We look at one another, then at the retired hippie, imagining his days when he was trying to find himself. It’s a shame, ’cause he’s been working nonstop ever since to pay for all the accumulated stuff — now that he’s found out who he is.

I, the mother of offspring often wonder why we we’re held hostage to his personal quest to find the grungiest tooth-pickin’ truck stop in the United States. It’s always the same, everyone anxiously waddles back to the car, cranky and bloated, and then we drive until exhaustion, as we pass one threatening motel after another.

Our American Princess daughter has tears in her eyes, as her younger brother remains oblivious. I’ll be darned if I could figure out which is worse — the car entrapment or the motel entrapment. The accommodations all look the same — the flashing signs: Color TV and Air-Conditioning, $29.95.

“Hold on,” Dad yelps with excitement. “It’ll be worth the wait — we have reservations at a lodge by the Grand Canyon.”

“Oh my God,” the Princess blurts out as she enters one of the lodges cabins. “This is what we’ve been holding out for? It smells like something died in here!”

From then on, we were coined with new names: Prudent and Prissy stay in one cabin, while our adventurous male counterparts stay in another. There’s something about the dark wood; makes you feel like you’re still outdoors. At nightfall the temperature drops to 100 degrees. The Princess takes it upon herself to call the front desk. “Excuse me, concierge?” she says, with the most polite New York accent she can muster, “but it seems our air-conditioning is not working.”

“Well,” the woman on the other end of the line snorts, that’s because you don’t have an air-conditioner.”

After days of driving and singing campfire songs like “Dum dum dada dada, dum dum dada dada . . . and after days of driving, we succumb to delerium. “One more dusty trail, and I’m gonna kill something,” our teenage Princess cries, while examining her manicure. “I need a shower so bad, these flies buzzin’ around my head won’t even land.”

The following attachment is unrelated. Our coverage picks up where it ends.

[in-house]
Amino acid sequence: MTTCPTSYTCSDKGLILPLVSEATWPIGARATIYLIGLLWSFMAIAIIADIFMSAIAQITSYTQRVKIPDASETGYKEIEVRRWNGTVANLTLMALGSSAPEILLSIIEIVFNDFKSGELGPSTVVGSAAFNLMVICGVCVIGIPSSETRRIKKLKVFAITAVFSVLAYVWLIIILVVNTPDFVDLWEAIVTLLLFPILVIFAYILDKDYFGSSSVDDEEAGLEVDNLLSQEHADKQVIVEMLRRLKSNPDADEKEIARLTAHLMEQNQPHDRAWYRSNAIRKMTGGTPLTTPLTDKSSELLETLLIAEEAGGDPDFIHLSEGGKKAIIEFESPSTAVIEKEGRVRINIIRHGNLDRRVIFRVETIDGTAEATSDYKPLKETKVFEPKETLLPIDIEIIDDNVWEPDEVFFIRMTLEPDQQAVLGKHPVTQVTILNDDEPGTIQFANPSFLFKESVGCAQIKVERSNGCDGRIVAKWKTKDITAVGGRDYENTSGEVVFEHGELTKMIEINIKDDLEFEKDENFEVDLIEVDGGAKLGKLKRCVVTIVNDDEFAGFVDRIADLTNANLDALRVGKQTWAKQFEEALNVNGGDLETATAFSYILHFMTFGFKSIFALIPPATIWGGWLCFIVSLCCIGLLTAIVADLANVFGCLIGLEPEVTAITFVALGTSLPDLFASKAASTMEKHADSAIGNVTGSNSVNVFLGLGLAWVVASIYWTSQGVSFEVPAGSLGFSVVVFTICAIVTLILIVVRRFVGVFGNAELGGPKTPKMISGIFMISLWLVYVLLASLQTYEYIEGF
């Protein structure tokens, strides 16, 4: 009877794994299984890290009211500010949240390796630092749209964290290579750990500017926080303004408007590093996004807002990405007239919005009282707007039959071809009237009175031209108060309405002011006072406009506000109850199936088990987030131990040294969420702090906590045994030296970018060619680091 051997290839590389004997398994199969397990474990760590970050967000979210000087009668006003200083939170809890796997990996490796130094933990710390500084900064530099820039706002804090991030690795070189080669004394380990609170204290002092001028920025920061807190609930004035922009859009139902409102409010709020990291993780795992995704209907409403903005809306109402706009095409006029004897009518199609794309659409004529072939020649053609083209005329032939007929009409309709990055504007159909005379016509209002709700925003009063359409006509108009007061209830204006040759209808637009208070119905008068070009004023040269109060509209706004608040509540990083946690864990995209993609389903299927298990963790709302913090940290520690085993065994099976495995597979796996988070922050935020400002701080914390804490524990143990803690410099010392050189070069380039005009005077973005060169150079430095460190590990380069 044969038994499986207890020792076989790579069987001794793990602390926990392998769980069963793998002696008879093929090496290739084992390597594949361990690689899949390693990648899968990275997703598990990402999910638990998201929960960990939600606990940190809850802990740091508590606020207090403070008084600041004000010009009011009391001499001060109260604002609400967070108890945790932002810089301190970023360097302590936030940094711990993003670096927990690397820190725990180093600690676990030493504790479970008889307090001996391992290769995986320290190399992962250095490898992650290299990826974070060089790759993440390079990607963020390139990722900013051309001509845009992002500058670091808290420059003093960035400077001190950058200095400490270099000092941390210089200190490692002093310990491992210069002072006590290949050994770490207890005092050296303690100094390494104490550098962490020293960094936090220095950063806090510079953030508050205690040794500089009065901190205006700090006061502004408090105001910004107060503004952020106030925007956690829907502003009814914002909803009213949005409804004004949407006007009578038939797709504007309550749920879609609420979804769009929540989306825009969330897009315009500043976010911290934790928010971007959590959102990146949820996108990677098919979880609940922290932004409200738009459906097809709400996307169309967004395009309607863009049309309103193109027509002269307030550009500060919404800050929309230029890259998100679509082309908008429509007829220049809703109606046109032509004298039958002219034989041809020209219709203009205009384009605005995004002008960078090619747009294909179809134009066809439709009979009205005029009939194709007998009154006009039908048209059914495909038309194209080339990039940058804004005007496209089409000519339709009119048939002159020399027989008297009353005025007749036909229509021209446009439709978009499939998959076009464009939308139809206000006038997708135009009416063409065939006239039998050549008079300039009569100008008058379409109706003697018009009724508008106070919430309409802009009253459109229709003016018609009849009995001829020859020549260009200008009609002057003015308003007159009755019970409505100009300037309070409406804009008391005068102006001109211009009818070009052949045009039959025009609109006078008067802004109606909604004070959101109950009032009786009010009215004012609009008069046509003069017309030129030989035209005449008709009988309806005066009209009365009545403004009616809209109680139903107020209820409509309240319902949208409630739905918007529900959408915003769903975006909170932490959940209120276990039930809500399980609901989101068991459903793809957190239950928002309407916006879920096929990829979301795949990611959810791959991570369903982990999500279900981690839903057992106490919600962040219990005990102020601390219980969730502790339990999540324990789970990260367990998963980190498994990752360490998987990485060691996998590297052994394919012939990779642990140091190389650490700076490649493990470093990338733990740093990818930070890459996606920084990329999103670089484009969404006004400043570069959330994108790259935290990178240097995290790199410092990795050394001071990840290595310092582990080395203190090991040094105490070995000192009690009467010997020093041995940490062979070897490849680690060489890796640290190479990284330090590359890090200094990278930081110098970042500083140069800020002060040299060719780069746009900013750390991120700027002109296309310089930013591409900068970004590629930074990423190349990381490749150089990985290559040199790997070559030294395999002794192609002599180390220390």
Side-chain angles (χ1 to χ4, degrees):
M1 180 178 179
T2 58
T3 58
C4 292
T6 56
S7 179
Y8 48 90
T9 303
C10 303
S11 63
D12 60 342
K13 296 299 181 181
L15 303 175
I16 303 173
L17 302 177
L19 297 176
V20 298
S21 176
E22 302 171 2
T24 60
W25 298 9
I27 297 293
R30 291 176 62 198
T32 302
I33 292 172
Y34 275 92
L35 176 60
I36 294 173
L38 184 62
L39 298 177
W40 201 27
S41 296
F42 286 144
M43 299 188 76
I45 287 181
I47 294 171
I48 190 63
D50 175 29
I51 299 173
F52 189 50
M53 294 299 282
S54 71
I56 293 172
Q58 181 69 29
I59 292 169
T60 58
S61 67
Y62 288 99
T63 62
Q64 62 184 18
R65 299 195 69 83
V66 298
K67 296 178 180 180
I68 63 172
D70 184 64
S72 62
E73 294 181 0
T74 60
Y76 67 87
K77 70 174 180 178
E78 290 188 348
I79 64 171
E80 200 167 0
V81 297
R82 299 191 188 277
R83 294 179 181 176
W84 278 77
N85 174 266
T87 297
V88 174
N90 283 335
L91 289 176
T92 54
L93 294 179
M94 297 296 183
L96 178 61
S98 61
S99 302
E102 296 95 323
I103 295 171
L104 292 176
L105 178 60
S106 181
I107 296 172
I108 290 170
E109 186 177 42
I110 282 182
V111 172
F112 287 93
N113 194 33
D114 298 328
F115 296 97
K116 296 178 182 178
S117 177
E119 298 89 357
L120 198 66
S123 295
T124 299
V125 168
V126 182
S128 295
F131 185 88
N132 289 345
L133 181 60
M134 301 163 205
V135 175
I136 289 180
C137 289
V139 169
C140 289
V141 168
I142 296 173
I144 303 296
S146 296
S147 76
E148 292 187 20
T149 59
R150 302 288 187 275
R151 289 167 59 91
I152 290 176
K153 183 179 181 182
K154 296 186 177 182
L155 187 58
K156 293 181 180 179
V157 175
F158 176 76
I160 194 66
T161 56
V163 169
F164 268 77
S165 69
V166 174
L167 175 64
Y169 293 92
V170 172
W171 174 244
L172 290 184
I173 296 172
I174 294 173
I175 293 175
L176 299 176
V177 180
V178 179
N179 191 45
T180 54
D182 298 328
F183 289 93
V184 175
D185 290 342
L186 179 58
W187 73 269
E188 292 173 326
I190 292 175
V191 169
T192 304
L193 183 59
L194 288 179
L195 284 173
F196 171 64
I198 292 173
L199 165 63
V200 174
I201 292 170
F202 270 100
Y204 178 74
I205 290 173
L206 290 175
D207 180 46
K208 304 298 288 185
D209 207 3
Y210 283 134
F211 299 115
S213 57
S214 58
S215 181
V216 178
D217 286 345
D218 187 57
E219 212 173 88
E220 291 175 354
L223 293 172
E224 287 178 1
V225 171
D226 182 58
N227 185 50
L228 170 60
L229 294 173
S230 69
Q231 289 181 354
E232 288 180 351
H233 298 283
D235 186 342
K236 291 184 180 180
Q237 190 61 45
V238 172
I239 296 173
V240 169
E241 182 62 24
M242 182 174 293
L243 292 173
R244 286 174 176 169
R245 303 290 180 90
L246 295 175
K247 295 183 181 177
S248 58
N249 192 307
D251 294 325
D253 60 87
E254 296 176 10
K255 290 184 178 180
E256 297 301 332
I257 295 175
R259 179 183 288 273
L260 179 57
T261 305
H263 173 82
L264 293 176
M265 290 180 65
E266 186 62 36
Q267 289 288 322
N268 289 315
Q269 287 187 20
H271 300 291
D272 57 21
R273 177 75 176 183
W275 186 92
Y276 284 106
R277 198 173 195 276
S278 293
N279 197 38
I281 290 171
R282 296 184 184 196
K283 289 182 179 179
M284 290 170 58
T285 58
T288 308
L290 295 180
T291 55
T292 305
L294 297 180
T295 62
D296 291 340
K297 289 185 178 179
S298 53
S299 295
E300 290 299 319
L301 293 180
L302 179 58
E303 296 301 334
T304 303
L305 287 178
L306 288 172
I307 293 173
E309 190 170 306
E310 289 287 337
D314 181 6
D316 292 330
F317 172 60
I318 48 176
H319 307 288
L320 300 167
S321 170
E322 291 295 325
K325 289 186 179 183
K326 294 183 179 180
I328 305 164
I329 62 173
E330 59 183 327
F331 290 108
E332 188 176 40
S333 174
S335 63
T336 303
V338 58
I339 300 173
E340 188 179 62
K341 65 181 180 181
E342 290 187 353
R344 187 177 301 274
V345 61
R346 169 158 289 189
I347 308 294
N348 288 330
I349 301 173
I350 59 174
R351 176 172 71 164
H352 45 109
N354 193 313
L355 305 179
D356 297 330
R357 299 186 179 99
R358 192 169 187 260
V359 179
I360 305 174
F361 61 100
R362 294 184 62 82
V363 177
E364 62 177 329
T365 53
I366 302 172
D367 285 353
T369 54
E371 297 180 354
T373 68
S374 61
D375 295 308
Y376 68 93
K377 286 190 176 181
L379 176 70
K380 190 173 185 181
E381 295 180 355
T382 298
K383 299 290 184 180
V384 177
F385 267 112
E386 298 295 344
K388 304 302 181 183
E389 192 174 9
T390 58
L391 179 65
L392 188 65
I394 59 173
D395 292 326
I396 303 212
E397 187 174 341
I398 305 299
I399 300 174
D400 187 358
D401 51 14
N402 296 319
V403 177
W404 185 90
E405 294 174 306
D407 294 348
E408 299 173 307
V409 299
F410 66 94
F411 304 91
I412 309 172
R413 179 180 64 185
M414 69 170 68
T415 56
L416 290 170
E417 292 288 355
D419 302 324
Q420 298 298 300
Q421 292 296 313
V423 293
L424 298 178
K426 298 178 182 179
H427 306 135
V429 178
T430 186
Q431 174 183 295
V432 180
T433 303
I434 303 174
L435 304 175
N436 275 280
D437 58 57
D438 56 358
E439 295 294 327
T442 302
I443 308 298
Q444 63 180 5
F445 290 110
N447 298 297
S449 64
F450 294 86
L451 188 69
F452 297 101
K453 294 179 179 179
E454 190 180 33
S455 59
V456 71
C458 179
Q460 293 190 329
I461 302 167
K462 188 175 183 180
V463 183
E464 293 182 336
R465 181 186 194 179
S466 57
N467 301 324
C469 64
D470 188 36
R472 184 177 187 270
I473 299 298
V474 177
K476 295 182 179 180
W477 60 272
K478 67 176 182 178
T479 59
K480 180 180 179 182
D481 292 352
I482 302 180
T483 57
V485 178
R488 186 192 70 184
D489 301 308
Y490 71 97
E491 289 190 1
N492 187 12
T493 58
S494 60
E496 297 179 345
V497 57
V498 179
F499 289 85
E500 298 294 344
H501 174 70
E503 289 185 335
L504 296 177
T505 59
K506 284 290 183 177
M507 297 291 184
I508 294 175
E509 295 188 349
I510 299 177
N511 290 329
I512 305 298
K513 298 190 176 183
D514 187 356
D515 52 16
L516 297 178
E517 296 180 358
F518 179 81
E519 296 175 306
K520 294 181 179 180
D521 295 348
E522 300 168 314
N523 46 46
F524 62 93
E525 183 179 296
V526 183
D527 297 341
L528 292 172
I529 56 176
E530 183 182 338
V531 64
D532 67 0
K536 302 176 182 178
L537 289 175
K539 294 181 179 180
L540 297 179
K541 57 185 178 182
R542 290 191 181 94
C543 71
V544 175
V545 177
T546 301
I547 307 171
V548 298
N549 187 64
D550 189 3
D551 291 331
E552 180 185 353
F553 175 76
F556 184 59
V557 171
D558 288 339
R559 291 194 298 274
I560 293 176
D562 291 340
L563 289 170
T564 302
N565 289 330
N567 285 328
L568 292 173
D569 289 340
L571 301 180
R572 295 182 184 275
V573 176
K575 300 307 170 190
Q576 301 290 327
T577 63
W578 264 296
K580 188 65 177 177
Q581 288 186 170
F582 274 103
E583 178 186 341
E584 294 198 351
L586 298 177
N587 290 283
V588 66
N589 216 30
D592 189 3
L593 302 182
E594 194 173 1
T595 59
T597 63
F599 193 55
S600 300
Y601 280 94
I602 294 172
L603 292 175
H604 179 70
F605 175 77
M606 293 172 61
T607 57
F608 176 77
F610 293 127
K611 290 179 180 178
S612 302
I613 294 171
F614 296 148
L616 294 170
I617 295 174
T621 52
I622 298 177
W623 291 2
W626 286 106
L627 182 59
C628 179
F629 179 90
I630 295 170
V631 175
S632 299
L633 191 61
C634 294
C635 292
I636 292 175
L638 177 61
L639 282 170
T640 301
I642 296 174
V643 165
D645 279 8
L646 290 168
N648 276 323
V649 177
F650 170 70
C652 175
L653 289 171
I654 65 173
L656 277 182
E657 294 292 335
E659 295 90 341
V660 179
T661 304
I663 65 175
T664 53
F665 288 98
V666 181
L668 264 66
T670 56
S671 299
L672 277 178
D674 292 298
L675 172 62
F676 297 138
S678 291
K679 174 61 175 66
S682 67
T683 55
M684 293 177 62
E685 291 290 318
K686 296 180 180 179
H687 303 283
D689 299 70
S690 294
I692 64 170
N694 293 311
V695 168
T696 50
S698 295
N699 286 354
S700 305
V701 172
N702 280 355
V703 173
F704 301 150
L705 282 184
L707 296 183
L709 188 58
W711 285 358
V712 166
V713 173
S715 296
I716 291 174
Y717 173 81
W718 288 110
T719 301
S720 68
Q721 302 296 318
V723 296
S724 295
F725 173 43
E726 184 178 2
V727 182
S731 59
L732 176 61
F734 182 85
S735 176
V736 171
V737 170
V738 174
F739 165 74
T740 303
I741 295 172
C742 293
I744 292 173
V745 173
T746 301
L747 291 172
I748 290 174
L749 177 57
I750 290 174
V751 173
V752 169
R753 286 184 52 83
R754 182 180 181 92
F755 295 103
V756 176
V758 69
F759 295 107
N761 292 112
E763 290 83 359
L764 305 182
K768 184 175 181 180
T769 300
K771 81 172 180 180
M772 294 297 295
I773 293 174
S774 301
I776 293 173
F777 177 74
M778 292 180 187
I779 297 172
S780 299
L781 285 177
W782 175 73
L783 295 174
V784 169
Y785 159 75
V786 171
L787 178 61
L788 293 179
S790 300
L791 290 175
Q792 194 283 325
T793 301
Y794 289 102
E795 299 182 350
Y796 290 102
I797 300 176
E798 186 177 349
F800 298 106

But, Dad, the optimist, sits behind the wheel, pondering what could possibly be beyond the next bend. It’s another day of family closeness, and Dad has this need to prove himself. One day he has to show off his adventurous side. “We got lucky,” he announces. “I just got the last of the canoes, this side of the Mississippi.”

“That thing’s at least 100 feet long!” the Princess cries again. Of course the wonder boat capsizes in the muddiest of waters, leaving our foursome sloshing away below circling buzzards.

Yep, Dad certainly did prove something, and the following day, he wants to prove his dexterous side. After waiting for him in the parking lot of a ranch, he finally exits the stables with extra exuberance in his step. We have a bad hunch.

“Don’t tell me,” the Princess said. “You got the last of the horses, this side of the *%#@*%$ River . . .”

The young fellow, who actually wears a cowboy hat, walks the four horses to each of us, one at a time: Sunshine, Sweet Cakes, Old Chum, and Lightnin’. And it sure does run like its name, with poor dad’s dexterous arms clinging around its neck. Lightnin’ ignores the “No-U-Turns” sign and bolts clear around the lake with unyielding determination, back to the stables to eat its dinner which was awaitin.’ Regretfully, we failed to warn the cowhand about Dad’s finicky back.

Sometimes I think my father and my husband are the same man. No wonder television has often portrayed the father-figure as the bumbling idiot. Yet somehow, after passing years, and having grown children, I realize that father may have known best, after all — because after putting up with all the moaning and groaning, Dads somehow know that their kids will wear perpetual grins on their faces from having been “on the road” as family.

While cleaning out the attic, recently, I found some old photos of our vacations, and I did a double-take at one snapshot in particular. It’s the one with my fashion plate of a daughter standing on the edge of a rock at the Grand Canyon wearing a white suede cowboy hat and a red bandana with a short denim skirt. Then I look at her feet. Funny, I don’t recall her hiking three miles in those six-inch open-toed silver metallic platform shoes which have also been packed away under cardboard boxes with the rest of our memories ingrained in our souls . . . thanks to dear ol’ Dad.